The UK’s House of Commons Science and Technology Committee has stated that the government’s U-turn on using the Chinese tech giant Huawei resulted in Britain being over-reliant on a minor group of 5G technology suppliers.
Committee Chairman Greg Clark said on Thursday that “a lack of strategic foresight in 5G has seen the UK become dependent on only two vendors for a crucial technology".
"We must learn from this experience to avoid making our economy and security vulnerable from a lack of acceptable alternatives in emerging technologies. As technologies develop at an ever faster rate, more time must not be lost”, he underlined.
Referring to the government's 5G Supply Chain Diversification Strategy, which stipulates using technology based on open standards, the Science and Technology Committee warned this was not a "silver bullet" and that other options should be put on the table.
In an apparent nod to Huawei, the committee required more government efforts to avoid another "supplier squeeze", calling for a focus to be placed, in particular, on managing research and development.
The remarks came a few months after the UK prohibited telecom firms in the country from installing new Huawei equipment in 5G networks, effective from September 2021.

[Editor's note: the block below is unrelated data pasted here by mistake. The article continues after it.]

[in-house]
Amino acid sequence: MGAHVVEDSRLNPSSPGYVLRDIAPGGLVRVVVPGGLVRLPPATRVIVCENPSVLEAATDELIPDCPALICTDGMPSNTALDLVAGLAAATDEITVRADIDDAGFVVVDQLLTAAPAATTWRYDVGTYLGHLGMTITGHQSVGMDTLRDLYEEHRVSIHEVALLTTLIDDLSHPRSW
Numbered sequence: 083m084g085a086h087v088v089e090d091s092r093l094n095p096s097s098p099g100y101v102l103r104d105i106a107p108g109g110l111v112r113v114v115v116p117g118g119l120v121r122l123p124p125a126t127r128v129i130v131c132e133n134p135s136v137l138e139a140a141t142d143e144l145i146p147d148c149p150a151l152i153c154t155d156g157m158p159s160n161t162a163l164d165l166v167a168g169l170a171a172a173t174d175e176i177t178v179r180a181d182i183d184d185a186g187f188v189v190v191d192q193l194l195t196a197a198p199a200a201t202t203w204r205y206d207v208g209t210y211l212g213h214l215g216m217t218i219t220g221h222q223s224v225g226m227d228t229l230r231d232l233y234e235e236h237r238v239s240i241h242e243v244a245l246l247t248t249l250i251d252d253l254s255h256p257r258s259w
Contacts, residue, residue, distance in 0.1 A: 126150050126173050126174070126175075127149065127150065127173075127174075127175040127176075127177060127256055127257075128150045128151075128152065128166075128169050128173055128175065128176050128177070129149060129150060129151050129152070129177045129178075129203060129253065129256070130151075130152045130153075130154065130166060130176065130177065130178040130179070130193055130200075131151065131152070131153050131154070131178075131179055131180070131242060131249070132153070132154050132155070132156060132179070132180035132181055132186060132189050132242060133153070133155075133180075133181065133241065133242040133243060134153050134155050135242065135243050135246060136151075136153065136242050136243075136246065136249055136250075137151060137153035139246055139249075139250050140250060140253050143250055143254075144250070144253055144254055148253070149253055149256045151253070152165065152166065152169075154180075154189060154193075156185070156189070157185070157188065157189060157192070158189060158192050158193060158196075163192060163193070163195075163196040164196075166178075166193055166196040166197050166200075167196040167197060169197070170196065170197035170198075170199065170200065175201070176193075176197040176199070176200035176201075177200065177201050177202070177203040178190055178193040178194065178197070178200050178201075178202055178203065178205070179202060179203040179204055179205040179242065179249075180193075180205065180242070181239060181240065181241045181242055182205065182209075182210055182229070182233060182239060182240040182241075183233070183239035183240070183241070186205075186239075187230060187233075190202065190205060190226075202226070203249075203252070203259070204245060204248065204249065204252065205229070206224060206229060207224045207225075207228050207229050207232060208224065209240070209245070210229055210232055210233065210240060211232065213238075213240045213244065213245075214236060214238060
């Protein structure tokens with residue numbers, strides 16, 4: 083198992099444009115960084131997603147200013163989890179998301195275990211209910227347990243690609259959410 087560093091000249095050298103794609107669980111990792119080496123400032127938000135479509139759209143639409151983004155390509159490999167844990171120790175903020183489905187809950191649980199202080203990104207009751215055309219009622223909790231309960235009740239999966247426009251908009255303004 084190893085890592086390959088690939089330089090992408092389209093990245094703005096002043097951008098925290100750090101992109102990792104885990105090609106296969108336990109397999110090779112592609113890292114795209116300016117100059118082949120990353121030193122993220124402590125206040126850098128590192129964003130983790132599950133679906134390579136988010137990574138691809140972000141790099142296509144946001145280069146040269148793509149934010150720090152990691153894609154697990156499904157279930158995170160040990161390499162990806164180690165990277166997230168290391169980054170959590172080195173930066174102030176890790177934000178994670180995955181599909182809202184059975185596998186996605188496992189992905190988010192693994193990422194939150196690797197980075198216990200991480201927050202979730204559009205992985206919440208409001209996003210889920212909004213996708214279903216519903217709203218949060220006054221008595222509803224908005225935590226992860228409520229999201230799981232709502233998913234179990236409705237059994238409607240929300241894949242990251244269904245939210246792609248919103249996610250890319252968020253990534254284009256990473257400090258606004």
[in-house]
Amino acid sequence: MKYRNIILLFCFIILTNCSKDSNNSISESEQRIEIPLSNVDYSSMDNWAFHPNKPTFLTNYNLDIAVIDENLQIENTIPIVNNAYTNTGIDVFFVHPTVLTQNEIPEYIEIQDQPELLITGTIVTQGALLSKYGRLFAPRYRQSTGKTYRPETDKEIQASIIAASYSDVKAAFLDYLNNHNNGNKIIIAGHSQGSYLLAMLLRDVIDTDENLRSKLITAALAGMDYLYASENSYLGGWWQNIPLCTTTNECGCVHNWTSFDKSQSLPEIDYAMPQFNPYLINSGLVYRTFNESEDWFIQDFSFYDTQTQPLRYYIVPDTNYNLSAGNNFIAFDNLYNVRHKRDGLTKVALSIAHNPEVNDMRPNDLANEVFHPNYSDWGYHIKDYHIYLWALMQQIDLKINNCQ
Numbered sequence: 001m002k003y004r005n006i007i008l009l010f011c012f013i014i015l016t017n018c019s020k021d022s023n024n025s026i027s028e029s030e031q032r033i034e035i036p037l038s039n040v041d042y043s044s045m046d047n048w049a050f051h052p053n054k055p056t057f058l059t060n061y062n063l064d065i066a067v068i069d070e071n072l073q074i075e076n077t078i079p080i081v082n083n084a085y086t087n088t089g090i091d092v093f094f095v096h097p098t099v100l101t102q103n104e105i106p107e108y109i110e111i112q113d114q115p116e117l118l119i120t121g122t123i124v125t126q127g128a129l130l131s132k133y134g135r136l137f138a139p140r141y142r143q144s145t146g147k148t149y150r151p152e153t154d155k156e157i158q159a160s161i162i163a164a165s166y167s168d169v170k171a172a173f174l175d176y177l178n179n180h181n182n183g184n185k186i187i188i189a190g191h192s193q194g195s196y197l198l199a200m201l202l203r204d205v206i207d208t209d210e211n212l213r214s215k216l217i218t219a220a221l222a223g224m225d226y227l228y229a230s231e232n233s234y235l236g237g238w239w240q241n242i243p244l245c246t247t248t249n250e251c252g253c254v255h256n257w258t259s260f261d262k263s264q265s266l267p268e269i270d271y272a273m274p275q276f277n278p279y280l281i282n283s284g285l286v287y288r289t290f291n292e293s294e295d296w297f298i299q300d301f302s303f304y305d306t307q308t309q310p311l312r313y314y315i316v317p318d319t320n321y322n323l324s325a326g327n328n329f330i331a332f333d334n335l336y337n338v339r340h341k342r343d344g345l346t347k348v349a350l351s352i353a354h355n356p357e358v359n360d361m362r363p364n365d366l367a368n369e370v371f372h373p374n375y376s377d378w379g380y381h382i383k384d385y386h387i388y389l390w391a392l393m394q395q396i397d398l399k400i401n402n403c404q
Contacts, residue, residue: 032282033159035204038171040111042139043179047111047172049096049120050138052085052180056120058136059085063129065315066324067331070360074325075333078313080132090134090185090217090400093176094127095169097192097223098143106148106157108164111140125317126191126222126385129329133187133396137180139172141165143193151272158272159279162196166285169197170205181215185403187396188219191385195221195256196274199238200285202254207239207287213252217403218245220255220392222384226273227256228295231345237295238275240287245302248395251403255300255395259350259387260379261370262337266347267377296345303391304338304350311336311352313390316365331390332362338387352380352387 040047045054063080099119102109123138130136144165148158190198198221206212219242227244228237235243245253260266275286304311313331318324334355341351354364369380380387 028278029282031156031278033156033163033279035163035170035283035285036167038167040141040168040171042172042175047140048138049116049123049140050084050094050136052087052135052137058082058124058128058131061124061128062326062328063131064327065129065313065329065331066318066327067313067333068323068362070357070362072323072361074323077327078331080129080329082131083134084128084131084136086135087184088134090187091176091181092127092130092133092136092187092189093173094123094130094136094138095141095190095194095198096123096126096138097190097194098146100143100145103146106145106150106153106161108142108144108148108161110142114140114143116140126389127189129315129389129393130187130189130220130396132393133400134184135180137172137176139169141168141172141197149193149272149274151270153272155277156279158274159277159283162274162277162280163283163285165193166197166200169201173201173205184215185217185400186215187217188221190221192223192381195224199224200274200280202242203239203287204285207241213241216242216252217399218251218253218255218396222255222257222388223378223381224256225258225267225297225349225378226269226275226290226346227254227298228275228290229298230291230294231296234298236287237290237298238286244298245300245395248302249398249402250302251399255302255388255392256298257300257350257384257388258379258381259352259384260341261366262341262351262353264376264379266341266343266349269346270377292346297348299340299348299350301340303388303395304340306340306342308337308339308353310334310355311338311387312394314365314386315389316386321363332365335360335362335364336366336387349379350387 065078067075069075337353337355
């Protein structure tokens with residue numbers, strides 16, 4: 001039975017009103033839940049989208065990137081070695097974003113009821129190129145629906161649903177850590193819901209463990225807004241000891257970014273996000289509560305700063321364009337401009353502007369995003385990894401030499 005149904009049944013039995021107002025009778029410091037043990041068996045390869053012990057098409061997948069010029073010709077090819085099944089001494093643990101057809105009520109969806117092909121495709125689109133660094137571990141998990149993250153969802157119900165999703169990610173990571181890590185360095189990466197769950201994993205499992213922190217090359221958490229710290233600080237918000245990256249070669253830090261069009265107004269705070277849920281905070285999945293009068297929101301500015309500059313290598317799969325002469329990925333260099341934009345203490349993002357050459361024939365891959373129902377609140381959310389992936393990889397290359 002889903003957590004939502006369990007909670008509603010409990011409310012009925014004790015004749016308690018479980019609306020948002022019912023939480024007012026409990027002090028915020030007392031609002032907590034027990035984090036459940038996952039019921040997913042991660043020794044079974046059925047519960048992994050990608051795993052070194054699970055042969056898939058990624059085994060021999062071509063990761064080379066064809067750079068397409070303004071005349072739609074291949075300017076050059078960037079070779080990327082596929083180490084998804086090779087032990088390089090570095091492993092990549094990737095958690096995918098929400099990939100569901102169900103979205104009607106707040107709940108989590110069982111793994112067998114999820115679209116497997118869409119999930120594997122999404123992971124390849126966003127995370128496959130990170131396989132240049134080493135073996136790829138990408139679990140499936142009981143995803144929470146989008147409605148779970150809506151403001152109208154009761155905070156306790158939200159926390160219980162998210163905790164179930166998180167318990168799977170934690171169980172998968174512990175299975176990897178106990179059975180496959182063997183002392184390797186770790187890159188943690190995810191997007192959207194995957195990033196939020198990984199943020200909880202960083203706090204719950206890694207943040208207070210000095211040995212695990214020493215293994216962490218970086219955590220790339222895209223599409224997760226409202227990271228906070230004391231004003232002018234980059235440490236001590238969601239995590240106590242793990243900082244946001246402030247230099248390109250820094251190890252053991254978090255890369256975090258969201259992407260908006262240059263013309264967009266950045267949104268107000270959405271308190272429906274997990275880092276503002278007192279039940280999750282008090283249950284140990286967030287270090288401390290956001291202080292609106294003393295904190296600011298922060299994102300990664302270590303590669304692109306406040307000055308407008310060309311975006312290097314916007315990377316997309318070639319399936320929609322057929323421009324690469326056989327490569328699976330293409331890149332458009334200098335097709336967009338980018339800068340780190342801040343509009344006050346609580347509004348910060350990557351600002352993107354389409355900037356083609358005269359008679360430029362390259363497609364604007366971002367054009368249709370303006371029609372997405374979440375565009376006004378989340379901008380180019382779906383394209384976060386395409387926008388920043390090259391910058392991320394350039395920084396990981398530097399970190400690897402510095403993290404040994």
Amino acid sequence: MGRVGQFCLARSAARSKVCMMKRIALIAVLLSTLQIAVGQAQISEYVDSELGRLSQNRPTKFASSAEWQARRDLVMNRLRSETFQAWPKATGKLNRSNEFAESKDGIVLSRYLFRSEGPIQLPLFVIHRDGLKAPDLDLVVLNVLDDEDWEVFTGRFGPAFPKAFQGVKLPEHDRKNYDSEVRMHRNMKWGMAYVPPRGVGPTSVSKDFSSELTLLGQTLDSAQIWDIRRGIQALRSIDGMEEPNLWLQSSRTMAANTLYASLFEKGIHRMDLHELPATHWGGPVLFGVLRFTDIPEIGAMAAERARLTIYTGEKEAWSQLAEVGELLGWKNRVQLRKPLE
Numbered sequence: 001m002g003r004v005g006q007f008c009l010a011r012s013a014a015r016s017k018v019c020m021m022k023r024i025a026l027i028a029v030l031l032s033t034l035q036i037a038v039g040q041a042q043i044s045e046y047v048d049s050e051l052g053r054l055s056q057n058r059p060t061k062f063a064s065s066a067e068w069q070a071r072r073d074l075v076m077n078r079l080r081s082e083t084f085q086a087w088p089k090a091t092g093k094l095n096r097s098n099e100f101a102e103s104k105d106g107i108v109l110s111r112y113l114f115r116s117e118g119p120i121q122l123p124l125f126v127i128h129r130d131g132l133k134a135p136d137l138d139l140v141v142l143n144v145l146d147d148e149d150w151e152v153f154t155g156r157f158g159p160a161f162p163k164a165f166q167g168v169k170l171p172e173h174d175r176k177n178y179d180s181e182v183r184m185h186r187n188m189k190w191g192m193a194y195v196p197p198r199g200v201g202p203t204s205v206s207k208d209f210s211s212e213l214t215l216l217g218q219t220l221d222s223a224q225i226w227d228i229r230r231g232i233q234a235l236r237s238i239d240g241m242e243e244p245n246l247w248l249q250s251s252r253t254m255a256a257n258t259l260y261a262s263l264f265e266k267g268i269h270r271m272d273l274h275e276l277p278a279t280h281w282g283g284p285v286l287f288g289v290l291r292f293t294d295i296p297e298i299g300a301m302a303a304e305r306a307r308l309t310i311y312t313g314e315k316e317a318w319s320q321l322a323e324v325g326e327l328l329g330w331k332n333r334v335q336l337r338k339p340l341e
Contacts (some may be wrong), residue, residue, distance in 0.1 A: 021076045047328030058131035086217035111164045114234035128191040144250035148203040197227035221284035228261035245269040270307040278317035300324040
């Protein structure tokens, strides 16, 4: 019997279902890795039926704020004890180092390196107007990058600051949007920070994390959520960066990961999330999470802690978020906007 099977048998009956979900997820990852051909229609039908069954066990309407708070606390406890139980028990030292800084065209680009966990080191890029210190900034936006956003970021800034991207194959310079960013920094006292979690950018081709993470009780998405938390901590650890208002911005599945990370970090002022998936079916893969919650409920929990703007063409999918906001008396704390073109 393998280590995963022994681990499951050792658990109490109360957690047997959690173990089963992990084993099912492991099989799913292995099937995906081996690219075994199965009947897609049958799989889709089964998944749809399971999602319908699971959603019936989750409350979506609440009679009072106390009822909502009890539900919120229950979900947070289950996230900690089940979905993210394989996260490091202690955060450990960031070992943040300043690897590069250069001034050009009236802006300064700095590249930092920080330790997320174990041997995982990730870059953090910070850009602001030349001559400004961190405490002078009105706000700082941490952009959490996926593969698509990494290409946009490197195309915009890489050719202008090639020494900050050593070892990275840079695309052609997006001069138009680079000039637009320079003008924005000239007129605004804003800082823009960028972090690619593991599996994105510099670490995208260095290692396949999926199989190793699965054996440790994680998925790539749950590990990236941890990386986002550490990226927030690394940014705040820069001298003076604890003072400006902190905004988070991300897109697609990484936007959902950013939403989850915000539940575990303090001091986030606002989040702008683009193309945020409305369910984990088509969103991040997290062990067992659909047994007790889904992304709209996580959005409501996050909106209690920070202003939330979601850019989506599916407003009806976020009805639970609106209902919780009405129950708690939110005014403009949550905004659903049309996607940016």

The move was preceded by the British government introducing the Telecommunications (Security) Bill, under which telecom firms must follow stricter security rules, or face fines.
The legislation proposes fines up to 10 percent of their annual turnover, or £100,000 ($136,000) a day, for not following the new rules and continuing to use Huawei equipment.
UK’s U-Turn on Huawei
In January 2020, UK Prime Minister Boris Johnson’s government greenlighted Huawei’s participation in Britain’s national 5G networks.
Huawei has repeatedly dismissed any such claims and slammed the UK's move to revoke its early decision.
The US crackdown on the Chinese tech giant kicked off in May 2019, when the then-Trump administration blacklisted the firm over allegations that the company's hardware and software connections sent data to China's intelligence agencies, claims that were rejected by both Beijing and Huawei.